Numerous fundraisers are underway.

Diebold and his wife, Danielle, will need about $100,000 to pay for the two artificial arms, a simple one for work and a higher-tech arm.

Volunteers are selling chances for tickets in a PPG Paints Arena skybox for a Pittsburgh Penguins game donated by the Tribune-Review.

Diebold said he remains upbeat most of the time. He has some bad days but tries to focus beyond himself.

“What can I do to help Danielle, our son, Kyle, and my teenage stepdaughter, Gracie?”

Chuck Biedka is a Tribune-Review staff writer. Reach him at 724-226-4711 or [email protected] or on Twitter @ChuckBiedka.


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Andrew Russell | Tribune-Review
Leechburg Police Chief Mike Diebold gets treatment for phantom pain from Ted Cibik at Cibik's clinic on Wednesday, Aug., 30, 2017. Diebold lost part of an arm in a fireworks mishap at the Leechburg Volunteer Fire Company's annual carnival in late June.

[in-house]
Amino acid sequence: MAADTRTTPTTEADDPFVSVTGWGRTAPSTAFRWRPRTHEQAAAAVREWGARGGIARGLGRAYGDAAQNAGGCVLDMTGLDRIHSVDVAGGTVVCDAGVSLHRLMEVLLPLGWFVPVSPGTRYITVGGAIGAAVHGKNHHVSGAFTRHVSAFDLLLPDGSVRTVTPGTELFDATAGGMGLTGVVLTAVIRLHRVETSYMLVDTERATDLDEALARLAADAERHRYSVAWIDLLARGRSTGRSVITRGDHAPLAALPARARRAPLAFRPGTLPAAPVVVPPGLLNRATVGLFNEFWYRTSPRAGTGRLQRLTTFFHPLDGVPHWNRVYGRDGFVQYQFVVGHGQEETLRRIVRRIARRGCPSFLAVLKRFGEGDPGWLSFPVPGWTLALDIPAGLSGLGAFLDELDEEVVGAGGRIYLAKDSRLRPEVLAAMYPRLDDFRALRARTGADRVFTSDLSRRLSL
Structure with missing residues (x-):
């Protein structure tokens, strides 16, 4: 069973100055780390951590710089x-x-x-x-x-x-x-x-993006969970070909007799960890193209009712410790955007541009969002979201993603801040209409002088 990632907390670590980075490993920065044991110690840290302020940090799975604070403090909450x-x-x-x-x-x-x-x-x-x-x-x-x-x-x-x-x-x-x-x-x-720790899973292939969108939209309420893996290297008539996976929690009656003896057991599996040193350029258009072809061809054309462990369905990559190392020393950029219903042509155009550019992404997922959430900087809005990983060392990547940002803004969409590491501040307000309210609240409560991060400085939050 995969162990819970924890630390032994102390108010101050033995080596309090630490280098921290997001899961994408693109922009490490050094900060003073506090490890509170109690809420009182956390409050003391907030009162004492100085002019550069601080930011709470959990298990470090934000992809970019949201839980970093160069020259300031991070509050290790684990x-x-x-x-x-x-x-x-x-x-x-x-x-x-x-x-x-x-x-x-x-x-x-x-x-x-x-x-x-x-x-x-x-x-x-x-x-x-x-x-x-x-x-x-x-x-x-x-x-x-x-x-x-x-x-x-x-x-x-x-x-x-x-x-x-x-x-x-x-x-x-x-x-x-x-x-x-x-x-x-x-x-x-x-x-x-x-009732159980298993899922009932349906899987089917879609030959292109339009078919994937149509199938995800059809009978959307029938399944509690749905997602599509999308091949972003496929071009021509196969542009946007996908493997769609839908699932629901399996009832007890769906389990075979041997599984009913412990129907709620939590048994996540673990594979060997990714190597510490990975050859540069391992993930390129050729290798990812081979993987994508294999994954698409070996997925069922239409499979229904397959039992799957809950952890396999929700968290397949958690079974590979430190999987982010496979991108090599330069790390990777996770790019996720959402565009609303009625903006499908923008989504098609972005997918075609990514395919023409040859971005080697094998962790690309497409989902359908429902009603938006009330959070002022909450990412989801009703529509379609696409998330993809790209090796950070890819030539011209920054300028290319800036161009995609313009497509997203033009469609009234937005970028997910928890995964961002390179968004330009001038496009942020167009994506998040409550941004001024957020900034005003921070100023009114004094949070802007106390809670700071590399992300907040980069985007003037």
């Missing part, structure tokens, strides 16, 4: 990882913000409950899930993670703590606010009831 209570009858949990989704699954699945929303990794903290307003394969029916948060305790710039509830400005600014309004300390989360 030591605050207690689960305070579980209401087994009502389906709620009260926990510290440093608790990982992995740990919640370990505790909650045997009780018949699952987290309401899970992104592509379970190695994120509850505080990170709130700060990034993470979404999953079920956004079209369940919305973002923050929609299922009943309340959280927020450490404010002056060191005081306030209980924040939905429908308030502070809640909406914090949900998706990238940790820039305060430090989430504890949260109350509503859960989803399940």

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Courtesy of the Diebold family
Gilpin resident Mike Diebold came up with a simple solution that allows him to change his baby son's diapers: he rigged up a large bolt and two small bungee cords to his severed left arm.
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Courtesy of the Diebold family
The Diebolds, from left, stepdaughter, Gracie Reinke; wife, Danielle; husband, Mike; and, son, Kyle (foreground).
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Andrew Russell | Tribune-Review